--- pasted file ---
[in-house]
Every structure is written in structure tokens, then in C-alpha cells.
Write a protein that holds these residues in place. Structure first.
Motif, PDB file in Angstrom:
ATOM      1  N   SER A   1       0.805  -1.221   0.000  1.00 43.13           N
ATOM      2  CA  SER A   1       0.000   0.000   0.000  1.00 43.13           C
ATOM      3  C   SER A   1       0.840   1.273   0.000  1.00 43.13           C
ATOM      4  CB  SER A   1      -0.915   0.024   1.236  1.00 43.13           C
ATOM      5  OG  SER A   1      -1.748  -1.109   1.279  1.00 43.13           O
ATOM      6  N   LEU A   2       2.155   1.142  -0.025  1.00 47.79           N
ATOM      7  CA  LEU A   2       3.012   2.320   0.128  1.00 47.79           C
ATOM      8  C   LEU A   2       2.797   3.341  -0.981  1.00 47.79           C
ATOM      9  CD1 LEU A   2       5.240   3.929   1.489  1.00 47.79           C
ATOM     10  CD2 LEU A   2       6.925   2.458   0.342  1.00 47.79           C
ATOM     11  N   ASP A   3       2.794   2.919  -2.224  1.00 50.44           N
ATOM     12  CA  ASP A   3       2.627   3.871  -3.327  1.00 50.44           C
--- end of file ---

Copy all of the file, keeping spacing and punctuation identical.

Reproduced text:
[in-house]
Every structure is written in structure tokens, then in C-alpha cells.
Write a protein that holds these residues in place. Structure first.
Motif, PDB file in Angstrom:
ATOM      1  N   SER A   1       0.805  -1.221   0.000  1.00 43.13           N
ATOM      2  CA  SER A   1       0.000   0.000   0.000  1.00 43.13           C
ATOM      3  C   SER A   1       0.840   1.273   0.000  1.00 43.13           C
ATOM      4  CB  SER A   1      -0.915   0.024   1.236  1.00 43.13           C
ATOM      5  OG  SER A   1      -1.748  -1.109   1.279  1.00 43.13           O
ATOM      6  N   LEU A   2       2.155   1.142  -0.025  1.00 47.79           N
ATOM      7  CA  LEU A   2       3.012   2.320   0.128  1.00 47.79           C
ATOM      8  C   LEU A   2       2.797   3.341  -0.981  1.00 47.79           C
ATOM      9  CD1 LEU A   2       5.240   3.929   1.489  1.00 47.79           C
ATOM     10  CD2 LEU A   2       6.925   2.458   0.342  1.00 47.79           C
ATOM     11  N   ASP A   3       2.794   2.919  -2.224  1.00 50.44           N
ATOM     12  CA  ASP A   3       2.627   3.871  -3.327  1.00 50.44           C